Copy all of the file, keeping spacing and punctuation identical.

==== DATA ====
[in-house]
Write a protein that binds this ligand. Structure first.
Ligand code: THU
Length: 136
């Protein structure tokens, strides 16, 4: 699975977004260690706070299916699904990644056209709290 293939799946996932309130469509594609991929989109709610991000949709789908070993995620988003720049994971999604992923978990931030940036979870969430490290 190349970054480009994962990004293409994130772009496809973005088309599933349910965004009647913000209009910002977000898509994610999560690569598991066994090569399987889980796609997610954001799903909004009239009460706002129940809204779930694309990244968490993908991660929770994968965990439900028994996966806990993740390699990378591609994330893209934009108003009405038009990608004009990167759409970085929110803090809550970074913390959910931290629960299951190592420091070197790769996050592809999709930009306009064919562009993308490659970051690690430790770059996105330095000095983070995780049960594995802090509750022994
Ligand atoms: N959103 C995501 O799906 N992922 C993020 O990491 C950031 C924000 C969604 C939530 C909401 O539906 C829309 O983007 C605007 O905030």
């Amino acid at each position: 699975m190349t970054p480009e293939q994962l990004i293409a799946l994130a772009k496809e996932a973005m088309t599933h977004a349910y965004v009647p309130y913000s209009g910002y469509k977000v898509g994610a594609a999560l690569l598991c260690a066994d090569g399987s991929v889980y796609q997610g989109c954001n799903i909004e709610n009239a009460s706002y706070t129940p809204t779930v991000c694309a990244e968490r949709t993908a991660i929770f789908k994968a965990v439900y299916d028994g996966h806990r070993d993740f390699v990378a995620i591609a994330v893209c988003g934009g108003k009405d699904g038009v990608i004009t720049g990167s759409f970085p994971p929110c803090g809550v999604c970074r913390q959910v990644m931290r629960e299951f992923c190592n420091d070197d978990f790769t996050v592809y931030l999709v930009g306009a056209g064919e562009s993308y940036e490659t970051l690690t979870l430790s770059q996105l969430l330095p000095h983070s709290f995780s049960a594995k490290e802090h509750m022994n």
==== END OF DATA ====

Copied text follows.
[in-house]
Write a protein that binds this ligand. Structure first.
Ligand code: THU
Length: 136
């Protein structure tokens, strides 16, 4: 699975977004260690706070299916699904990644056209709290 293939799946996932309130469509594609991929989109709610991000949709789908070993995620988003720049994971999604992923978990931030940036979870969430490290 190349970054480009994962990004293409994130772009496809973005088309599933349910965004009647913000209009910002977000898509994610999560690569598991066994090569399987889980796609997610954001799903909004009239009460706002129940809204779930694309990244968490993908991660929770994968965990439900028994996966806990993740390699990378591609994330893209934009108003009405038009990608004009990167759409970085929110803090809550970074913390959910931290629960299951190592420091070197790769996050592809999709930009306009064919562009993308490659970051690690430790770059996105330095000095983070995780049960594995802090509750022994
Ligand atoms: N959103 C995501 O799906 N992922 C993020 O990491 C950031 C924000 C969604 C939530 C909401 O539906 C829309 O983007 C605007 O905030």
């Amino acid at each position: 699975m190349t970054p480009e293939q994962l990004i293409a799946l994130a772009k496809e996932a973005m088309t599933h977004a349910y965004v009647p309130y913000s209009g910002y469509k977000v898509g994610a594609a999560l690569l598991c260690a066994d090569g399987s991929v889980y796609q997610g989109c954001n799903i909004e709610n009239a009460s706002y706070t129940p809204t779930v991000c694309a990244e968490r949709t993908a991660i929770f789908k994968a965990v439900y299916d028994g996966h806990r070993d993740f390699v990378a995620i591609a994330v893209c988003g934009g108003k009405d699904g038009v990608i004009t720049g990167s759409f970085p994971p929110c803090g809550v999604c970074r913390q959910v990644m931290r629960e299951f992923c190592n420091d070197d978990f790769t996050v592809y931030l999709v930009g306009a056209g064919e562009s993308y940036e490659t970051l690690t979870l430790s770059q996105l969430l330095p000095h983070s709290f995780s049960a594995k490290e802090h509750m022994n």